Ugh. I better not catch anyone doing this.

Anyone who has ever watched any (or even just one!) episode of The Walking Dead will understand this feeling. I kid you not.

Here’s some art candy for you – books carved into interesting landscape pieces – very clever! It does make a tiny part of me wonder whether those were ‘good’ books which got cut up though :/

That’s all I’ll post this week, have a good rest and good luck to anyone running in the London Marathon tomorrow!

So cute that I just wanna *eat you*. Or just preserve you forever and ever.

Pablo Delgado’s Miniature Street Art

I’m a big fan of street art and I’ll always take the opportunity to take snaps of any I see around London (or outside London!). Pablo Delgado‘s miniature street art is something I absolutely adore, mini paintings on the streets and walls of London waiting to be spotted by passersby and sharp-eyed admirers. From mini doorways, quirky pieces, history (the Moon Landing) and comments on politics (Sarkozy’s ban on niqaab, for example is depicted here), there’s all sorts of different mini art shown here. Most of them seem to be hidden around East London, either in painted form or as pictures that have been pasted on.

I love the idea of this hidden world which points to a form of satire which is both cheeky and subtle, out in the open while hidden away. I couldn’t post all the pictures I liked because there were too many, but they’ve definitely made me try to keep an eye out for any that I see around London!

All images belong to Pablo Delgado

Inside Leeds Castle – A Rich History of books, art and luxuries

The outside of Leeds Castle is beautiful enough, but there’s wonders to be explored inside the Castle, which spans a history of furniture, books and art from the Tudor times to the present day. Every room has its own rich personality, being arranged in a way which displays the beautiful things inside it and makes use out of rich drapings, historical items and gigantic bay windows to throw a romantic light on everything. I had to sift through hundreds of pictures to find the ones I wanted to post, and even these weren’t enough! If you’re interested in history and in English Heritage, then this is definitely the place to go to have a good wander around so you can fully take in the beauty of the interior of this Castle.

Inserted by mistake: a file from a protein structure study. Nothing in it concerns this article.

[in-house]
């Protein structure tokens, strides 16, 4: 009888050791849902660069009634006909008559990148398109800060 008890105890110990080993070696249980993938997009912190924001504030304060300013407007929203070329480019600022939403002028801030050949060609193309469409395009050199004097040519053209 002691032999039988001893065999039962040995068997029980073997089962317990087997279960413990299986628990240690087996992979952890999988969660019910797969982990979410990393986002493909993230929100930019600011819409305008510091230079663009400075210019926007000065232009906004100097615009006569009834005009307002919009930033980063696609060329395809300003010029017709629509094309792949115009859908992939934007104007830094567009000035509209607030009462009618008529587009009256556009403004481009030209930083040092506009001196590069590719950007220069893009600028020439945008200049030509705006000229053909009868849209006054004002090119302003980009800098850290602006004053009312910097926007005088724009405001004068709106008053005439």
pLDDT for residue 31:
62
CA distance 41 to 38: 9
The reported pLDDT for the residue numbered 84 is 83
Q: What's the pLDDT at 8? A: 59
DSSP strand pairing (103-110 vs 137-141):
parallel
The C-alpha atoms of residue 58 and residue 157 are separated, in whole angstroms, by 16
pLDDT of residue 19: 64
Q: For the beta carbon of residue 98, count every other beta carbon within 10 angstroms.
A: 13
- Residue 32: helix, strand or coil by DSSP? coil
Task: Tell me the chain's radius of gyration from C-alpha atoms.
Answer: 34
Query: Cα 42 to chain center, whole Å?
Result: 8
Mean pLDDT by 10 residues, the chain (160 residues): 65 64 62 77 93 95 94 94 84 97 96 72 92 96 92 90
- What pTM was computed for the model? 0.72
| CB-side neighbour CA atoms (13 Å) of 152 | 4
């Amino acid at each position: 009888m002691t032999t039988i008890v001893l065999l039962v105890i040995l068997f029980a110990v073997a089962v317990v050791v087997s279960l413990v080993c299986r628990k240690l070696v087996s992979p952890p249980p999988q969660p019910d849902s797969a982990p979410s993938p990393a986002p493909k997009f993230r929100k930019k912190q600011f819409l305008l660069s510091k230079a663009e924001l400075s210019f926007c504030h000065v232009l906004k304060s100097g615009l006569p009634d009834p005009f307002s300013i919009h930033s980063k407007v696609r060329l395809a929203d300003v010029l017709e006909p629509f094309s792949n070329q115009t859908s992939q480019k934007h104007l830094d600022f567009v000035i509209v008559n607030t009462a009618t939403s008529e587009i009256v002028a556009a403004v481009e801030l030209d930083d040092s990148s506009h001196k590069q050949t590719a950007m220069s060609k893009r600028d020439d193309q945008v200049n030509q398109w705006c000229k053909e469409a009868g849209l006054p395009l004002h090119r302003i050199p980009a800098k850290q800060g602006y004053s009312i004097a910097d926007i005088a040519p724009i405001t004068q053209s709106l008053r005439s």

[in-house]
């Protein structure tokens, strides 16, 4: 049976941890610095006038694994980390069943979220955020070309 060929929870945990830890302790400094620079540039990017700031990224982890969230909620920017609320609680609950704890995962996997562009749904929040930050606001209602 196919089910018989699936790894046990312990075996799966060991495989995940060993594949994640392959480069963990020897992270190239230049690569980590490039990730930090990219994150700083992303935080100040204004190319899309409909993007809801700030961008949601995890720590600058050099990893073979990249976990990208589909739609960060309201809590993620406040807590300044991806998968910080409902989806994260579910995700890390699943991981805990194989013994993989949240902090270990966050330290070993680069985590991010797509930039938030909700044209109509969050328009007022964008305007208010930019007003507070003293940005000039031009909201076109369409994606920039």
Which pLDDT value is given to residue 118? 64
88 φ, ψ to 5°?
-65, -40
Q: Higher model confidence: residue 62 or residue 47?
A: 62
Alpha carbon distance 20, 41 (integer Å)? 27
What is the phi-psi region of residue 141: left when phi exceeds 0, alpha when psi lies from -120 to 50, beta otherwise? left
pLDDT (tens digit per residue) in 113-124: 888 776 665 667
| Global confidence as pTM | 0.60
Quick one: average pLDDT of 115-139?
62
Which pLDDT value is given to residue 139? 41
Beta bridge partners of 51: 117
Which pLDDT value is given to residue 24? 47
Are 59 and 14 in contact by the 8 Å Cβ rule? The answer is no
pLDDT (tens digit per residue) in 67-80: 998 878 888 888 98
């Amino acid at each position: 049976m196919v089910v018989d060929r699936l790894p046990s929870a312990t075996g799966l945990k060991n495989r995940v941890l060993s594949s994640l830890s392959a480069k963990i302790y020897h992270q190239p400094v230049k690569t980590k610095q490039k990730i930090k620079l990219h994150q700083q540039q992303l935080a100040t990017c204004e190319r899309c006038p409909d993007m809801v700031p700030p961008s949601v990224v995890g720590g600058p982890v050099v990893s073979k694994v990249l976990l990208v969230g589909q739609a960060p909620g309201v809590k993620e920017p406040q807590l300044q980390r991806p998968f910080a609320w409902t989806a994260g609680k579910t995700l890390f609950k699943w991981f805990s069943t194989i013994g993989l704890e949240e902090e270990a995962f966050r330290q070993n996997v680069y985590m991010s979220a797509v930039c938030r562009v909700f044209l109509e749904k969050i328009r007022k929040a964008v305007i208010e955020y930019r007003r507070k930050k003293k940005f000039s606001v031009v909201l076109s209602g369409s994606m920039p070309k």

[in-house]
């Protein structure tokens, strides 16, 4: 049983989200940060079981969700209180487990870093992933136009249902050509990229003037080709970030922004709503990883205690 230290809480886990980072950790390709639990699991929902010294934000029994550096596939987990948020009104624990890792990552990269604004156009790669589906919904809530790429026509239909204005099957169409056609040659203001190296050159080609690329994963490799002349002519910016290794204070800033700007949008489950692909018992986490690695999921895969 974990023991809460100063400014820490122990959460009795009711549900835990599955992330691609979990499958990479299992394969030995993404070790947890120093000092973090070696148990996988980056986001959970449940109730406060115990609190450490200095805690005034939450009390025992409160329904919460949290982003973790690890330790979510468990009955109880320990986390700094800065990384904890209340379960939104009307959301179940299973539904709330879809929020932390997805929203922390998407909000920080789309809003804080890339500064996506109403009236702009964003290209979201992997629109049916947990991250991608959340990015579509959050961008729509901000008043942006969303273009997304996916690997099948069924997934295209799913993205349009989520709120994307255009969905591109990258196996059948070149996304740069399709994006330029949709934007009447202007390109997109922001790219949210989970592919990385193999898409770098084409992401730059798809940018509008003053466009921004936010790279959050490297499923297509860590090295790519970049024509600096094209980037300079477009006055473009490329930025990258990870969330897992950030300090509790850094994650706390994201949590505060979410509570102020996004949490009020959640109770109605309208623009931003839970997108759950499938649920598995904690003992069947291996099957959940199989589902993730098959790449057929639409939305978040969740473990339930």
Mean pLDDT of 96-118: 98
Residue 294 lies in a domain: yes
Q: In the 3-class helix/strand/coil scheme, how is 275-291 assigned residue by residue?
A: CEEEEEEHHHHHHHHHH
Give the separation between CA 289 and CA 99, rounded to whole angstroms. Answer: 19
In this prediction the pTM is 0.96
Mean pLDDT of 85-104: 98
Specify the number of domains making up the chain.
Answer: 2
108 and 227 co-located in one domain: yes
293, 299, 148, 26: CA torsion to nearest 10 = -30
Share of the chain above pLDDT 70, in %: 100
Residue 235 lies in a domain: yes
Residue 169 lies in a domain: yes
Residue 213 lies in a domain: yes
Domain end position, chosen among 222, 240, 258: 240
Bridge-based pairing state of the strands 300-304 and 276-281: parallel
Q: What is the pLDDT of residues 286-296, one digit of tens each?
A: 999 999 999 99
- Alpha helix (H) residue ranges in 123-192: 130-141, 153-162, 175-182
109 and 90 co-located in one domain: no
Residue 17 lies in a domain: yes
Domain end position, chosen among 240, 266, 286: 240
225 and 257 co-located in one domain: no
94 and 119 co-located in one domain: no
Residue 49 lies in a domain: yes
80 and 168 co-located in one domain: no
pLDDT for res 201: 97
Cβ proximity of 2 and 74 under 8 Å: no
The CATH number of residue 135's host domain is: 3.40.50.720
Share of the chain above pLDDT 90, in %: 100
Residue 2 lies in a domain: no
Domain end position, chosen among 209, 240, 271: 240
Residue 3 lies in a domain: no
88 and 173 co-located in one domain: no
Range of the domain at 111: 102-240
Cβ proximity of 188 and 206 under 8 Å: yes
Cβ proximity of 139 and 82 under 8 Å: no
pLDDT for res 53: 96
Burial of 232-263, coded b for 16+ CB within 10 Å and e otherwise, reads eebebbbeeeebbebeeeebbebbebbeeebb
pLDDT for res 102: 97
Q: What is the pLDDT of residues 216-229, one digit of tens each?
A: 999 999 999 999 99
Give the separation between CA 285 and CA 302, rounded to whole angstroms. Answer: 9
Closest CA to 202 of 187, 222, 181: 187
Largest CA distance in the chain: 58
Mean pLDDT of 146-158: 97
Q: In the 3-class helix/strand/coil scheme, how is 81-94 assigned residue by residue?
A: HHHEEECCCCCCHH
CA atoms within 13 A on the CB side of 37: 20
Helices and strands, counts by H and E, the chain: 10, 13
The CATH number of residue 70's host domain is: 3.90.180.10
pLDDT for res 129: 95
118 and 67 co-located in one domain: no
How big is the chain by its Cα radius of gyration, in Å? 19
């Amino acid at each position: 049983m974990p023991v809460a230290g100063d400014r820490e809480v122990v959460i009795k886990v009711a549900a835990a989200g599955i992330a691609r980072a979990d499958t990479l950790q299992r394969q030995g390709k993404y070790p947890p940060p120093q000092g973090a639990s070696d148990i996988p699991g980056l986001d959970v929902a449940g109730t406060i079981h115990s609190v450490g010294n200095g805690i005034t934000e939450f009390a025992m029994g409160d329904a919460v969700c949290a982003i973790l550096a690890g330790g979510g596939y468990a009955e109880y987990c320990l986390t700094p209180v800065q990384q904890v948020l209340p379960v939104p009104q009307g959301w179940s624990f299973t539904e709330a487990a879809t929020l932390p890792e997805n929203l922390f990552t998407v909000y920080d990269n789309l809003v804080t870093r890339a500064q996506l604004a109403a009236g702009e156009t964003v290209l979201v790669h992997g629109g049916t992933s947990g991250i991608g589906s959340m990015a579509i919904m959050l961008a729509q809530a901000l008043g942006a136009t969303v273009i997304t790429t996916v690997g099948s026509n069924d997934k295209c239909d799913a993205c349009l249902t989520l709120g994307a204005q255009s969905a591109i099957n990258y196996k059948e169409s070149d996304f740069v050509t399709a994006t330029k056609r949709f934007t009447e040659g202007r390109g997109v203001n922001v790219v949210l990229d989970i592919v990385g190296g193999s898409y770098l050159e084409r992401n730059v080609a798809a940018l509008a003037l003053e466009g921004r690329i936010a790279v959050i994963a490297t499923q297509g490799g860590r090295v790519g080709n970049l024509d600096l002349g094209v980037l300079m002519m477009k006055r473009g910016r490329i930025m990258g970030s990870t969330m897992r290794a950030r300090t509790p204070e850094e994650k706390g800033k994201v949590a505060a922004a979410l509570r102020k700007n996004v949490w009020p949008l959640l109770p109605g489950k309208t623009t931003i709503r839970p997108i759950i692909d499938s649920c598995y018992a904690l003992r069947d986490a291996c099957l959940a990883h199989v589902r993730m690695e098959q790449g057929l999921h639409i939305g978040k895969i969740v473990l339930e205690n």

My favourite room is of course, the last picture. I’m sure you can imagine why once you have a look at it!

Visiting Leeds Castle in Kent

We visited the beautiful Leeds Castle in Kent over the weekend and had great fun exploring the castle and its grounds, especially as there’s so much to see and do! I’d definitely advise you to visit this place if you have a chance to, it looks beautiful (especially in warm weather!) and really is a landmark in England which is worth seeing. I went with my sisters and the kids (not mine, the niece and nephews!) and we all loved different parts of it for several reasons. It’s always nice to see pieces of history looking wonderfully preserved and it was worth it as well for the good walk we had around the castle and its gardens to look at all the pretty things.

Here’s some pictures of the exterior of the castle, which looked very majestic from its cobbled stones to the impressive turrets : )